A wave of articles, op-ed pieces and interviews in the past few days have grown increasingly concerned about what will result from the WCIT conference in Dubai.

Just a few days ago, the Syrian government cut its country off from the Internet. Was this the future we are now all facing? Governments deciding what and when we can go online? Faceless bureaucrats monitoring everything we do?

As the claims grew hysterical - and the ITU became increasingly defensive and frustrated in response - the Internet itself started providing the world with the answers. Subject experts took to their keyboards and began to debunk the claims on both sides.

At the end of it, what does WCIT boil down to? An effort by old telecoms operators to make more money. An effort that, by the way, is likely to fail.

Premium content

Arab State push to become an RIR turned into working group

Efforts to make the International Telecommunication Union (ITU) into a supra-regional Internet registry have been ditched, at least for the time being.

Attendees at the World Telecommunication Standardization Assembly (WTSA) were surprised with a last-minute proposal, aggressively pushed by the Arab States, that the ITU become a provider of IP addresses.

Discussion within Committee 4 had been focused on the allocation of IP addresses and in particular the provision of IPv6 address blocks.

In the middle of discussions, however, draft text was introduced that argued "many countries believe that there are historical imbalances related to IPv4 allocation". It added: "Many developing countries want ITU-T to become an additional registry of IP addresses in order to give the developing countries the option of obtaining IP addresses directly from ITU."


The Kenyans settle in at WCIT. Credit: ITU

After a busy start, WCIT started to settle down into a familiar mode on the second day of the conference. The main highlights were:

  • A bid by Canada and the US to get some key definitions agreed before work starts was pushed off until the end of the week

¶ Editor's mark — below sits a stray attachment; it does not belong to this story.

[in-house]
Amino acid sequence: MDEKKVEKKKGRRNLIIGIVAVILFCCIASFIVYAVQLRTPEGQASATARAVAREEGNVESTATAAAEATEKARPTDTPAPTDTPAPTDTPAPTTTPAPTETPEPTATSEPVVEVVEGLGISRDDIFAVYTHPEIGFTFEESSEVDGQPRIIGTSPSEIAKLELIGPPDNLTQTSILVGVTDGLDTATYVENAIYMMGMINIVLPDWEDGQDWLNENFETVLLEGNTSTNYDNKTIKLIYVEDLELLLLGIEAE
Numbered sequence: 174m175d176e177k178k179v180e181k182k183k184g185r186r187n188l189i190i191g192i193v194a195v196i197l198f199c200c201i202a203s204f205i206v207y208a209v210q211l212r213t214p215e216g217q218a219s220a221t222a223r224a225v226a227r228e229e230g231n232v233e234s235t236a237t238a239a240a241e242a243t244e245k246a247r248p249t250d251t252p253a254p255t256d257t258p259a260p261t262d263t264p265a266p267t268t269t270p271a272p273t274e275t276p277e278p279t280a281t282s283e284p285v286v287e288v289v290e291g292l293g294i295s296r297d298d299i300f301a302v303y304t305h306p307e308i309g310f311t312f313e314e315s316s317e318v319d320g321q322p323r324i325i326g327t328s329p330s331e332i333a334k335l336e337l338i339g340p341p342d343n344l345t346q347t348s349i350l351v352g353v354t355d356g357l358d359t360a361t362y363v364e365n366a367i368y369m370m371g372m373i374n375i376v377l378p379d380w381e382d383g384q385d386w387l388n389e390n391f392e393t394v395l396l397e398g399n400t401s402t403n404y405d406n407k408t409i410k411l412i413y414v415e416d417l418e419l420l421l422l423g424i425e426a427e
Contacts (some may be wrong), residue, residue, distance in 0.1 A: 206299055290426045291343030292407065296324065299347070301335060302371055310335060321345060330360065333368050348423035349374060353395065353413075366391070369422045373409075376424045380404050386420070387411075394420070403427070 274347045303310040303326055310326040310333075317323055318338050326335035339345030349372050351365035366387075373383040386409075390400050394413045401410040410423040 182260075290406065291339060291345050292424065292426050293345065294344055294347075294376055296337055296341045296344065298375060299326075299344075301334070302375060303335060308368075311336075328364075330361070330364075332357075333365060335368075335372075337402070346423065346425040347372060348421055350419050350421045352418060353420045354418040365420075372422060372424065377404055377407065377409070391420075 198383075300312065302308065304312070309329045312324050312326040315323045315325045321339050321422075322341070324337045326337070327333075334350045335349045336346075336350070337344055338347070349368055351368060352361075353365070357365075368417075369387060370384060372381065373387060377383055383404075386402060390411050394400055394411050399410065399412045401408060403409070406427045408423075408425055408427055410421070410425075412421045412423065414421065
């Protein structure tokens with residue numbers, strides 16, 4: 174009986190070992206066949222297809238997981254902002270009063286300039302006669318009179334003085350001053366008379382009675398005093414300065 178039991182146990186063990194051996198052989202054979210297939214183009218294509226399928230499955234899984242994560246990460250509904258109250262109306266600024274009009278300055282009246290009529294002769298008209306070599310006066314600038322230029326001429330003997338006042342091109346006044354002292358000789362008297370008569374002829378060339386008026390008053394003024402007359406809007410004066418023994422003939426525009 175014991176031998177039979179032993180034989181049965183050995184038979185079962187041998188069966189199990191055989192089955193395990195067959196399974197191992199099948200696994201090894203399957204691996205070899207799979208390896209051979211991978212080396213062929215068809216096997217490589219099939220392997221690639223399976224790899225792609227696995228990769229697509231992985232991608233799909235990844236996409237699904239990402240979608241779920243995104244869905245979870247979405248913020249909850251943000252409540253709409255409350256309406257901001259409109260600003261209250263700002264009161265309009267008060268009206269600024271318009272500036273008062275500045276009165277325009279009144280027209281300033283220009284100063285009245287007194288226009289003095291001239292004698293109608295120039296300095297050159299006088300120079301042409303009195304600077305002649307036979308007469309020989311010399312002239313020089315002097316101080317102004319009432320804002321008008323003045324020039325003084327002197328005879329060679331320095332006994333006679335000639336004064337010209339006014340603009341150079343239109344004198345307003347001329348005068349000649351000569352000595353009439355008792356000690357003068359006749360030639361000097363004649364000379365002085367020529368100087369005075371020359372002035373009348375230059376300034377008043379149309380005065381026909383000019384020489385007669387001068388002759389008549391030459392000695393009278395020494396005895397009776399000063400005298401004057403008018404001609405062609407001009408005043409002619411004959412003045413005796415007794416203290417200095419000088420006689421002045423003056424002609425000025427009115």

• The meeting delegates all agreed that they agreed with freedom of expression and human rights but that they didn't want to write it into a telecoms treaty - a press release was produced instead
  • Russia's controversial new article covering the Internet was pushed into "informal discussions"
  • Ghana's idea to review the ITRs every eight years (rather than 24 years) was met aggressively by the United States.
  • The ITU's Secretary-General pushed access in developing countries and the high cost of Internet access, pointing to a likely strategy for the rest of the conference.

This article is published with permission. It was originally posted on InternetDistinction.com and TelecomTV on 2 December.

The Question to Ask About the WCIT

The key question that Internet advocates must ask as the ITU updates its International Telecommunications Regulations (ITRs) at the World Conference on International Telecommunications (WCIT) this week is: What is being legitimized by these proceedings?


The lowdown on Russia's contribution 27

Russian minister Nikolai Nikiforov will be a key influence in the conference outcomes.

Probably the only reason you're reading this post is because of fears that the United Nations will use the WCIT conference to gain power over the Internet.

The focal point for those fears has become a contribution by the Russian Federation, sent on 13 November - 10 days after the announced deadline - and then revised four days later.

Contribution 27 appears to confirm everything that people have been worrying about - an effort to use a revision of an international treaty agreed in 1988 to provide governments with additional controls over the functioning of the Internet.

So here is a rundown of what is exactly in Contribution 27 - both the original and revised versions - and an analysis of what the implications of its adoption would be.


The European Commission has released its own list of gTLD applications it is concerned about.


Telecoms conference can't move forward until it's agreed who the regulations will actually apply to

Conference chair Mohamed Nasser Al-Ghanim has put forward a compromise solution - but level of ambiguity means it is unlikely to be agreed to

The World Conference on International Telecommunications (WCIT) has dramatically split and may grind to a halt until a key distinction over whom precisely the resulting international treaty apply to is decided.

At the heart of the issue is the term "operating agencies". Currently the international telecommunication regulations (ITRs) apply only to "recognized operating agencies" - and that means large telecoms operators in each country1.

Some countries want that term changed to just "operating agencies", which would mean the ITRs become applicable to a vastly larger number of groups - in fact, "any individual, company, corporation or governmental agency which operates a telecommunication installation".